Art Model, Viki Vegas

“It is an illusion that photos are made with the camera… they are made with the eye, heart, and head.”  
-Henri Cartier-Bresson
Let me start of with this, there is no such thing as a Camera for Beginners. There is only ever the Camera that you NEED. That’s what you go on. But for the sake of this topic, I’ll buy-in to the notion of a beginner level camera. That being said, I’ll concede the concept of Entry-Level Cameras. I know… am I quibbling over semantics: beginner vs. entry? Well, hell yeah. Entry level describes the camera, not the consumer. It is usually a base-model thrown in to get attention for the people who just want a decent picture. Okay, maybe that is what a beginner needs. 
Nah, screw that! I do not concede and here’s why:
You may be new to photography, that’s okay. And it doesn’t mean Entry-Level is for you! I’ve been teaching photo for years. The number one question I get is, “What kind of camera should I buy?” My answer is always the same. You get the camera that you need! Buy what fits the reason you want to take pics and also fits within the constraints of your budget. There has not been a single time in all these years that I have recommended an Entry-Level camera to someone. NOT ONE TIME! I do need to qualify that a bit in that I’ve been asked to recommend one Entry-Level system over another when those were the only options. That’s the only time.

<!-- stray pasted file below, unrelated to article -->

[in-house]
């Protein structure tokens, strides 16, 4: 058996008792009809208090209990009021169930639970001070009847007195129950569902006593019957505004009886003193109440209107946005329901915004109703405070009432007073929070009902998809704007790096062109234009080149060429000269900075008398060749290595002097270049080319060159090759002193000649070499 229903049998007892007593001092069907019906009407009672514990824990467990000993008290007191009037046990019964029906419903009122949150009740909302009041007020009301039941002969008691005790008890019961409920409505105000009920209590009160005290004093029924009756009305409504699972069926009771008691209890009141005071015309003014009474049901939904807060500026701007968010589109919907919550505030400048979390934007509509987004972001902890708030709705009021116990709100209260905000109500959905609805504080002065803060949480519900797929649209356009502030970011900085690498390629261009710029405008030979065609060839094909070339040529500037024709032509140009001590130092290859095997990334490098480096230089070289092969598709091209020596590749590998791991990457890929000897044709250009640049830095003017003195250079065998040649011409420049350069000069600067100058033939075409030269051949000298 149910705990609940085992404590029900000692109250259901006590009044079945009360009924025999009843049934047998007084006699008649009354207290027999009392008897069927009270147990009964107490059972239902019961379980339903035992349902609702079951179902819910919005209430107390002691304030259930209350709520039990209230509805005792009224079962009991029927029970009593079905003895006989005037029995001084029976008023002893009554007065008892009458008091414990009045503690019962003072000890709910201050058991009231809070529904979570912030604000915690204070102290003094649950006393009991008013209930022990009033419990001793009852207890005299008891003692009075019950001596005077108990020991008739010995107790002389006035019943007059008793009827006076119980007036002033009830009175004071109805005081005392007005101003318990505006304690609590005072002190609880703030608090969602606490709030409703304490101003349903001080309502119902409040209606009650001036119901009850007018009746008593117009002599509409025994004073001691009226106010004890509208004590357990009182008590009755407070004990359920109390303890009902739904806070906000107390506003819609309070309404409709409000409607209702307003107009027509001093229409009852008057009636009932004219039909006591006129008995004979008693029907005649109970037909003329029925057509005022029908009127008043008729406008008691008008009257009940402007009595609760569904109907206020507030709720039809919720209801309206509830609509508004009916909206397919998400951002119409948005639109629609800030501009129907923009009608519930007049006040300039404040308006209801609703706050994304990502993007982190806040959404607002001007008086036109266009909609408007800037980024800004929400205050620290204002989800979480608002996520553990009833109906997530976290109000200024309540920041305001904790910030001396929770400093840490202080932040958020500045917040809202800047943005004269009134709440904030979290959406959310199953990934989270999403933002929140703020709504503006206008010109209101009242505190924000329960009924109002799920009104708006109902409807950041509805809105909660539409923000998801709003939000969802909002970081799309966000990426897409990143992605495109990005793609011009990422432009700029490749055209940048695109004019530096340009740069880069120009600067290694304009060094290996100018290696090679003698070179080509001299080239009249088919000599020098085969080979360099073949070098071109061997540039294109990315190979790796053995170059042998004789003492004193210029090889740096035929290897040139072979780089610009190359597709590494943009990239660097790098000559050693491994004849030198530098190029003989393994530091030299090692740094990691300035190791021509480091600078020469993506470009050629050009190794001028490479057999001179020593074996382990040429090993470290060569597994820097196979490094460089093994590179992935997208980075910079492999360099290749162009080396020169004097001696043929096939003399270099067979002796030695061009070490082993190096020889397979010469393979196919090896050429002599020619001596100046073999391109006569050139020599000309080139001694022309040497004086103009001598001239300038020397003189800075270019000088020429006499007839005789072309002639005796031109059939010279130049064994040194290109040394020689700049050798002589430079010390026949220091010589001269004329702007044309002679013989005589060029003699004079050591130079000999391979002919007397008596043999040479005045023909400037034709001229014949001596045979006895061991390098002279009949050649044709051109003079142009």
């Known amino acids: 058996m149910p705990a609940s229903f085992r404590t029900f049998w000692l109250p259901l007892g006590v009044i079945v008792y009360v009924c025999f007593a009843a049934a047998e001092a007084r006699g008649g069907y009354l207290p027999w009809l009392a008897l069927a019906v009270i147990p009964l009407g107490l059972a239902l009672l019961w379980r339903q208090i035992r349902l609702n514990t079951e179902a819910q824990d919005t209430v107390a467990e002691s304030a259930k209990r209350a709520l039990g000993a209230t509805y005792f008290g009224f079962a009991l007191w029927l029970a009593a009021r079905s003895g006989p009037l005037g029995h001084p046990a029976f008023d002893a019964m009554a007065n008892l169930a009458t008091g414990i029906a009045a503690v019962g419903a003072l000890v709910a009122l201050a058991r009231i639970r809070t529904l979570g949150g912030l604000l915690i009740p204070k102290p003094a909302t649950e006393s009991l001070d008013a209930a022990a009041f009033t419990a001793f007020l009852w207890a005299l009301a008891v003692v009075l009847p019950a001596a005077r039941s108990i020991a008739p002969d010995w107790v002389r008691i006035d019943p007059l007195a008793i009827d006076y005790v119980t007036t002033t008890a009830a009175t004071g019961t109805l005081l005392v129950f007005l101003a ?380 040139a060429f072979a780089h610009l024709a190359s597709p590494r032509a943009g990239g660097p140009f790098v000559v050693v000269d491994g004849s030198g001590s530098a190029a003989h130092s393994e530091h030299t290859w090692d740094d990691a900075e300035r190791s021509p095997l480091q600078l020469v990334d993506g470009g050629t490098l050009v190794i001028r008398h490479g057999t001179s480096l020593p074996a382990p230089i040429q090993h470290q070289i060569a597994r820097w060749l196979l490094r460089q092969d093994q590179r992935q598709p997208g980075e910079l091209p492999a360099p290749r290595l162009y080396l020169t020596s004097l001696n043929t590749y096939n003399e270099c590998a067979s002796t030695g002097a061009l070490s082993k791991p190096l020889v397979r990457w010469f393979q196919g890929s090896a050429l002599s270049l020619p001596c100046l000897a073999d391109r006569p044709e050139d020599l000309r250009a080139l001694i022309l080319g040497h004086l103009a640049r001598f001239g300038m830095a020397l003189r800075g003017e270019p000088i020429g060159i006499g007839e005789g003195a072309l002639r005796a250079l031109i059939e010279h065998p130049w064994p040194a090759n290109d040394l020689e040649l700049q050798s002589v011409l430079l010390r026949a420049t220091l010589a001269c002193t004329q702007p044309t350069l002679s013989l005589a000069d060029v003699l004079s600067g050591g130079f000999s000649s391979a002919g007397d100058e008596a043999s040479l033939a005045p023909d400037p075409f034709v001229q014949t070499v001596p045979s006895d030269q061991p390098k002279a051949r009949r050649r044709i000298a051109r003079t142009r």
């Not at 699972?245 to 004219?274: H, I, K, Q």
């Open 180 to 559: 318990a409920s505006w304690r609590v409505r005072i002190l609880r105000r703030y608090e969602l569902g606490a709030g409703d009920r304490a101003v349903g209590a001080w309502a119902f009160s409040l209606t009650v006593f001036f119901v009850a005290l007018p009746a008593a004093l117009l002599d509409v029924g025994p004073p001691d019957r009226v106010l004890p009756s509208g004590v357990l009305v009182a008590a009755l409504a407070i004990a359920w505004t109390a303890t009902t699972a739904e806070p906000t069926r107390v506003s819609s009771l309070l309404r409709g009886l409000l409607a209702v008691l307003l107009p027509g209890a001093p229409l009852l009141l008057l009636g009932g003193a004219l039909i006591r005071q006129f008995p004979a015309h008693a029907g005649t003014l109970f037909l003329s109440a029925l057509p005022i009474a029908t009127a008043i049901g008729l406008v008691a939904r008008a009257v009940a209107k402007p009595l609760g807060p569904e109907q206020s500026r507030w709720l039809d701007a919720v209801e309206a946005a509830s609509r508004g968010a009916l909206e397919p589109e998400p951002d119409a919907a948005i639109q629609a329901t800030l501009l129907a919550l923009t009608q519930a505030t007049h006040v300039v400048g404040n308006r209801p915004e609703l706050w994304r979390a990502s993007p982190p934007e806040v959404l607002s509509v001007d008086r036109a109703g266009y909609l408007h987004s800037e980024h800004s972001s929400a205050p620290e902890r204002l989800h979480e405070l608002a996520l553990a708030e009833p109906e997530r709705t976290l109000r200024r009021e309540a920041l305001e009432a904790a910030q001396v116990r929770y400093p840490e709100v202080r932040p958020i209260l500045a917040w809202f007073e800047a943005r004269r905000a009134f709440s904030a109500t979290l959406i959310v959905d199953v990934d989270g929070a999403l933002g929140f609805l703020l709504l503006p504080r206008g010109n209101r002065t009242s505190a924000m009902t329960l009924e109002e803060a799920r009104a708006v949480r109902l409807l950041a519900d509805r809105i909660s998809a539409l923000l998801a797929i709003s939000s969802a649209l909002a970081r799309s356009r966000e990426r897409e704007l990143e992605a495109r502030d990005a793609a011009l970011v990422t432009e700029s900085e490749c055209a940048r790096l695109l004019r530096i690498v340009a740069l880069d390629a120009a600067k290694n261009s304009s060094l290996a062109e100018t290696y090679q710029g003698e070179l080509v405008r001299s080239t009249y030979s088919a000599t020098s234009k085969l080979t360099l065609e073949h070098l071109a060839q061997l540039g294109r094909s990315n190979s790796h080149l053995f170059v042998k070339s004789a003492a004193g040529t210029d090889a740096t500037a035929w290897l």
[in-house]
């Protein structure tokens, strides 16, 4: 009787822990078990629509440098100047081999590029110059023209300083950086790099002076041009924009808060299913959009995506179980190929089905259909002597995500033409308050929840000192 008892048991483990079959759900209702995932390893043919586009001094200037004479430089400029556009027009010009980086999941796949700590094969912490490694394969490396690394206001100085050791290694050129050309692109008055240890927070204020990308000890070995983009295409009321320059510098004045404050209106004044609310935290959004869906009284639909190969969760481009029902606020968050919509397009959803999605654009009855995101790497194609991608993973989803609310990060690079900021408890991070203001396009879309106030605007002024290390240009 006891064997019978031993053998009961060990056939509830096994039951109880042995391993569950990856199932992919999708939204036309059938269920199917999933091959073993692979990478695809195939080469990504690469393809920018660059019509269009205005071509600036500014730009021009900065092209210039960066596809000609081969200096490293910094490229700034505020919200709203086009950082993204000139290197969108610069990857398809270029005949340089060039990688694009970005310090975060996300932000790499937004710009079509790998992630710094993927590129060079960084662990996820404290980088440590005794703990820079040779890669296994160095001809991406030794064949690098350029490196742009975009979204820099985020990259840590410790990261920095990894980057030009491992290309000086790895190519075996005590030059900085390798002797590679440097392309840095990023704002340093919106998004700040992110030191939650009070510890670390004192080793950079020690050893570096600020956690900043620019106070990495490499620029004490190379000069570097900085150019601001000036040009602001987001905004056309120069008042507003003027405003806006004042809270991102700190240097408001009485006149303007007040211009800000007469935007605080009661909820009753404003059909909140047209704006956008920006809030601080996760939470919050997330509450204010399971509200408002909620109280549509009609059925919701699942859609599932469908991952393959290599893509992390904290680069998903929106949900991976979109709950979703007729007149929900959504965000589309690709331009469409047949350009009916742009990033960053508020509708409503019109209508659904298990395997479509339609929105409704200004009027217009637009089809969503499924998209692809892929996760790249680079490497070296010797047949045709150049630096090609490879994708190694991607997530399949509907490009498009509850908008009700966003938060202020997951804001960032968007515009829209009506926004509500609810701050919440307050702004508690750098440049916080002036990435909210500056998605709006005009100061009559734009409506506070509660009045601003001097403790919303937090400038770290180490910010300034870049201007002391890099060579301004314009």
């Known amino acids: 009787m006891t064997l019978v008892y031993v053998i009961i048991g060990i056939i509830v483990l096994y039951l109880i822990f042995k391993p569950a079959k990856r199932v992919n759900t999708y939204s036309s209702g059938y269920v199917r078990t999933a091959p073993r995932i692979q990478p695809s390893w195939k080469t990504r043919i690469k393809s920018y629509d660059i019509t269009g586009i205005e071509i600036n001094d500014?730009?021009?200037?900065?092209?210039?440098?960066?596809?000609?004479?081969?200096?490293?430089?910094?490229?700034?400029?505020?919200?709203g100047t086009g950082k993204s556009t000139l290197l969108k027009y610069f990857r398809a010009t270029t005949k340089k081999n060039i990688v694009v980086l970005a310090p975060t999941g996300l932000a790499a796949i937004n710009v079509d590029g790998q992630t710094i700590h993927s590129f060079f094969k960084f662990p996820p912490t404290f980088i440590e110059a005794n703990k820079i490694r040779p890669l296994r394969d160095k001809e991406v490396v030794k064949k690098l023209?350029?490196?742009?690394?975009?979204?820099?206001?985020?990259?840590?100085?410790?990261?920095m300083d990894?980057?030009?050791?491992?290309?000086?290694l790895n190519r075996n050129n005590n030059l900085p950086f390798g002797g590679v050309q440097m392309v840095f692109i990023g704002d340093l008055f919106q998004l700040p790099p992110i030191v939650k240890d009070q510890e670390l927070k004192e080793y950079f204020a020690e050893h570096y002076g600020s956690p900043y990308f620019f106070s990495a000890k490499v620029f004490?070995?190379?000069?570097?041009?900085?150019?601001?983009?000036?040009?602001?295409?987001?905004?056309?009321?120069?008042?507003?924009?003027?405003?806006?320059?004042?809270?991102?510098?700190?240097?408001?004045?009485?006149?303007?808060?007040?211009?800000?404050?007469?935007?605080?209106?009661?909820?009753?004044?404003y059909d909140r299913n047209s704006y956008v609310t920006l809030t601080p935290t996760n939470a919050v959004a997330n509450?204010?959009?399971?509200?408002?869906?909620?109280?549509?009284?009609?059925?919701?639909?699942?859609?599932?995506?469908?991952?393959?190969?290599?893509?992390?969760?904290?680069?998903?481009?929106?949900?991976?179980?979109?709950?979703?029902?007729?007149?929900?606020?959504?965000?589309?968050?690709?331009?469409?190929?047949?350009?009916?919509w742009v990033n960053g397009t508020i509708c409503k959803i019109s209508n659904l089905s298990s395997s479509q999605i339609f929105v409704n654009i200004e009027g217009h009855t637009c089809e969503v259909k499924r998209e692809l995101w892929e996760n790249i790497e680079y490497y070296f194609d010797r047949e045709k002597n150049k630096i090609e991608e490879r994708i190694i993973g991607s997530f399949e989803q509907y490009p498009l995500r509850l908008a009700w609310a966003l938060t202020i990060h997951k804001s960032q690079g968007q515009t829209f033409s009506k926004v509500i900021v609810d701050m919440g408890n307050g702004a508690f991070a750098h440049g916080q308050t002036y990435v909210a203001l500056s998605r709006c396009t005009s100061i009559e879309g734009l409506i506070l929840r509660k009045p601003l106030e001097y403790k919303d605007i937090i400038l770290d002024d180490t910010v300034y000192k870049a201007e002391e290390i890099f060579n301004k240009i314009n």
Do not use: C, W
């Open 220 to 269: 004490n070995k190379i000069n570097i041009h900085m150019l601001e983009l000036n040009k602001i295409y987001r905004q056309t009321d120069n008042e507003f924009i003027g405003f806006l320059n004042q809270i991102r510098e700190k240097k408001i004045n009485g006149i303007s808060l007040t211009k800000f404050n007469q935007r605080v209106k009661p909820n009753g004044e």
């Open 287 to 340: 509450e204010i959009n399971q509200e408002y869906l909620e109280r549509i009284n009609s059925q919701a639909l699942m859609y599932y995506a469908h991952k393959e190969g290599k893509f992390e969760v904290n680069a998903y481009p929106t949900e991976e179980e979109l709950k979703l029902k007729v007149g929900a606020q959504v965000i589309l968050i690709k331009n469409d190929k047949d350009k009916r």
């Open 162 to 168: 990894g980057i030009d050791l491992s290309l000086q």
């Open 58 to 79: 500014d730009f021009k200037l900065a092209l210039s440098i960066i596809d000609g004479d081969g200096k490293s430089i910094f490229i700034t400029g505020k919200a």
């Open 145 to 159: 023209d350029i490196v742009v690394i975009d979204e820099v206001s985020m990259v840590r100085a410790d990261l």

Here’s the deal. If money is not an obstacle and you are not concerned with practicality, there’s a good chance Leica will come up in the conversation. Leica cameras are the opposite of Entry-Level. But you can start with them if you can swing that price point. I’ve sold them to first-time users who wanted to have a camera that not only took pics, but also made a statement. However, being more reasonable, if you ask me what you should get, the first thing I’m going to ask in reply is, “What do you want to take pictures of?” And that is where it begins. 
Art Model, Viki Vegas

In all likelihood, it’s going to start with lens choices. Say for instance you tell me you love bird watching and it just so happens that you are traveling to Costa Rica. Does camera come into play? Not at first. You have a lens requirement. You likely need super telephoto capabilities. The camera might come into consideration because of WHERE you are going. Entry-Level cameras aren’t traditionally made to be durable. The are generally plastic with no weather sealing. If you are traveling to Costa Rica, you may want to pay attention to the humidity and the probability of heavy rains. The lens won’t mean a thing if you can’t keep moisture out of your camera. You need something that can keep the electronics inside dry.